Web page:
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Are there any cases where

f(arg1, arg2..., argN)

works and produces a result and

f(arg1, arg2..., argN, **{} )

yields a different result, or causes an error?

I'm assuming that a **kwds doesn't already occur in the argument list.

The context is that I'm writing a functor that holds a function and it's arguments for later evaluation, and want to support optional keywords.

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1 Answer 1

up vote 4 down vote accepted

Yes, this is always safe to do. The two calls are completely equivalent, and the function f() has no way to distinguish them (except for introspecting the source code, of course).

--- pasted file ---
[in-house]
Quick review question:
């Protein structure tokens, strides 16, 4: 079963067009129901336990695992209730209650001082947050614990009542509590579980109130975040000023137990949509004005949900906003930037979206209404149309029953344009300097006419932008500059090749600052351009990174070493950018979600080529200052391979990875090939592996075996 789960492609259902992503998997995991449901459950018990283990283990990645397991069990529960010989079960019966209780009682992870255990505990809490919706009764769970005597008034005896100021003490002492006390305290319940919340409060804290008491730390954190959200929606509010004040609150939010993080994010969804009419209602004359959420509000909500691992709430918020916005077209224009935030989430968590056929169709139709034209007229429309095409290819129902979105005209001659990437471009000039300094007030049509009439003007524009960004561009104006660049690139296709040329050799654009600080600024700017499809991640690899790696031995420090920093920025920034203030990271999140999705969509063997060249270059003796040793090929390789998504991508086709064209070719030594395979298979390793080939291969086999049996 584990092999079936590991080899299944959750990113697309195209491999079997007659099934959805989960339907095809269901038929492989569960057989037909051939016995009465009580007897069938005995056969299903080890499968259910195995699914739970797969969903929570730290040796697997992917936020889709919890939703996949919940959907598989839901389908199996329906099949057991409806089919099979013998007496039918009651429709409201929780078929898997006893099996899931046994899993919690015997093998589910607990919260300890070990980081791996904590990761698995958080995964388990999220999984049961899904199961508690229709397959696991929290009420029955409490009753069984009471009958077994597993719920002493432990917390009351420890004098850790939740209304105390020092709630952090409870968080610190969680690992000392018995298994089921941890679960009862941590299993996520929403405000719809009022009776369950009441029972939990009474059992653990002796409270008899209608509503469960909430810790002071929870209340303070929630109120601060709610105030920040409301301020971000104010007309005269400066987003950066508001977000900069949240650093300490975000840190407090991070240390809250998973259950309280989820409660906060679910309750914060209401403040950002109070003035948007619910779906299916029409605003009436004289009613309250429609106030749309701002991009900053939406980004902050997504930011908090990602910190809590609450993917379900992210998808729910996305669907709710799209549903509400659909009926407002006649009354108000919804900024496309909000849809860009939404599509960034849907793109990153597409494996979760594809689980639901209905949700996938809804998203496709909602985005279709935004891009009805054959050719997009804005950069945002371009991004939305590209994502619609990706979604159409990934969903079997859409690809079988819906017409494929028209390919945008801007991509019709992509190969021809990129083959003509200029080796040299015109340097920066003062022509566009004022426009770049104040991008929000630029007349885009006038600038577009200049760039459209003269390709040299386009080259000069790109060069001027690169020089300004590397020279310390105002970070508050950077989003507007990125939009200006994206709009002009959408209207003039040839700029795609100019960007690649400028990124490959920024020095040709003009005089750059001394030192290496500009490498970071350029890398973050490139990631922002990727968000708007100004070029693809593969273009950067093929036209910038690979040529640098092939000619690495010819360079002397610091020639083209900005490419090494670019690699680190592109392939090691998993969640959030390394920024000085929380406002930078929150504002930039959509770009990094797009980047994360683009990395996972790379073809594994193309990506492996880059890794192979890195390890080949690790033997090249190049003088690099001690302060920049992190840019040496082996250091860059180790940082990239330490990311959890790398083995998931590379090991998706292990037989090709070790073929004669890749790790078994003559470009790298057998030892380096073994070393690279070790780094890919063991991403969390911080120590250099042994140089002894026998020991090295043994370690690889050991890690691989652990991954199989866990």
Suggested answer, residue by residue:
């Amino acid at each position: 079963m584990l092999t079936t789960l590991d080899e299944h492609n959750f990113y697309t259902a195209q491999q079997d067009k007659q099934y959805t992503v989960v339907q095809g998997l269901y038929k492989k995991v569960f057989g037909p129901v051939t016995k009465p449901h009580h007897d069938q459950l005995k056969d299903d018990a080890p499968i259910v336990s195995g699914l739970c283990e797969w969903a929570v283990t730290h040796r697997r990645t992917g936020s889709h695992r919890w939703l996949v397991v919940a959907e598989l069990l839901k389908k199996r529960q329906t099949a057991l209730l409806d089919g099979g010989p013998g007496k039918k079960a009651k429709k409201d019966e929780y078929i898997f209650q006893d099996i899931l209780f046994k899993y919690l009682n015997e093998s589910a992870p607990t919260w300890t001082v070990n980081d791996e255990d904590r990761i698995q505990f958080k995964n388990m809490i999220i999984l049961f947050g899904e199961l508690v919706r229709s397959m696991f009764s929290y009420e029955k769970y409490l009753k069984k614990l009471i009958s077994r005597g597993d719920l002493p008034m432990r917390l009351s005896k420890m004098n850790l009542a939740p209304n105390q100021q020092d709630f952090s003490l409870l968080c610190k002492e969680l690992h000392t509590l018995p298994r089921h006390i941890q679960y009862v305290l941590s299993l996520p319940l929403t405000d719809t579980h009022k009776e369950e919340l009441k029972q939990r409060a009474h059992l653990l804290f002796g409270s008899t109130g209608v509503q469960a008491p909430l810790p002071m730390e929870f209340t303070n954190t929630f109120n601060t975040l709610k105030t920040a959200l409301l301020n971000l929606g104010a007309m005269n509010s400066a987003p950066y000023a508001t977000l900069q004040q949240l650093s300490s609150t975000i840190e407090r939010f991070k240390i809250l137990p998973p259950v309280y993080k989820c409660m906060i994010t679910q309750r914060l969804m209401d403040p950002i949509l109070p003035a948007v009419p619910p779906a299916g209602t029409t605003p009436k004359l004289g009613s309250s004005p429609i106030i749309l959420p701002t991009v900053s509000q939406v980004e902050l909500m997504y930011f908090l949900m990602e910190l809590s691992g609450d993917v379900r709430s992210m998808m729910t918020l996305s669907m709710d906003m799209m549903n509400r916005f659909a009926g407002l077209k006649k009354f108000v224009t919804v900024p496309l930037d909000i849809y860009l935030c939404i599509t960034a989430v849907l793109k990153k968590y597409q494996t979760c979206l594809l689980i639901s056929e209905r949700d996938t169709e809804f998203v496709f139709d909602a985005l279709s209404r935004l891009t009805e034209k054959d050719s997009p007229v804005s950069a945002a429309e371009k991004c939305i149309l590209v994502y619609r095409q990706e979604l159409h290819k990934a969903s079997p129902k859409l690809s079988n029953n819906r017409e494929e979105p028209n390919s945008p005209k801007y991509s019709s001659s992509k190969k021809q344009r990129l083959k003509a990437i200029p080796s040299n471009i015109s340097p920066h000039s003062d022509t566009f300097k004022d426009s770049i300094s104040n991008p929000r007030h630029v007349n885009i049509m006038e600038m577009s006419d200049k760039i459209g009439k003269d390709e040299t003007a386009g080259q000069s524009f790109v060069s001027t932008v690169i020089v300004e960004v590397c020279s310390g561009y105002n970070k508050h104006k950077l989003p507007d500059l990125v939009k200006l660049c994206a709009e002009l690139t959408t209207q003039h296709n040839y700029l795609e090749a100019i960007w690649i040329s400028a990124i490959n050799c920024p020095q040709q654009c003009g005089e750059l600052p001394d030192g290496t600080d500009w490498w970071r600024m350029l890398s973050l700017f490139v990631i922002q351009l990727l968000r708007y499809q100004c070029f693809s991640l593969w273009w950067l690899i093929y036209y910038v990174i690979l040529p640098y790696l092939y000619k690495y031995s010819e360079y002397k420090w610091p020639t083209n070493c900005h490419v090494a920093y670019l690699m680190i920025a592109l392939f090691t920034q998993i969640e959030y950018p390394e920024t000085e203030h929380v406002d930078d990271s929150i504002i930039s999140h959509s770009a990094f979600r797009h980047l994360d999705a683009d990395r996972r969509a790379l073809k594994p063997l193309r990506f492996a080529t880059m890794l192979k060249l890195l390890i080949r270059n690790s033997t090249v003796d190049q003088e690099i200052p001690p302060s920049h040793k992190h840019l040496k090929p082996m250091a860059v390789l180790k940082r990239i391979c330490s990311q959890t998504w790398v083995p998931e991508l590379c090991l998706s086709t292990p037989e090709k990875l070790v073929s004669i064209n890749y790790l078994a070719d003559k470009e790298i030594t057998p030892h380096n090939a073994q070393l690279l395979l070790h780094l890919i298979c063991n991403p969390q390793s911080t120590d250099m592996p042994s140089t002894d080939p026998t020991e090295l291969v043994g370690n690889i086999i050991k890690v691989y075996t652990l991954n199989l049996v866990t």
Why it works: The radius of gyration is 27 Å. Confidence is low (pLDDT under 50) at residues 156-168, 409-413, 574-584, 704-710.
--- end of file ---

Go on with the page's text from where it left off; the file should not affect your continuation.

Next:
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Does the mutability of a dict not matter here? –  inspectorG4dget Jul 26 '12 at 20:05
1  
@inspectorG4dget: No, it will be copied before being passed in. –  Sven Marnach Jul 26 '12 at 20:07
    
Thanks, I thought maybe something weird could happen if f were implemented in c –  Dave Jul 26 '12 at 20:34
    
@Dave: No, not even then. Internally, the function will get passed an empty dictionary of keyword arguments in both cases. –  Sven Marnach Jul 26 '12 at 20:42

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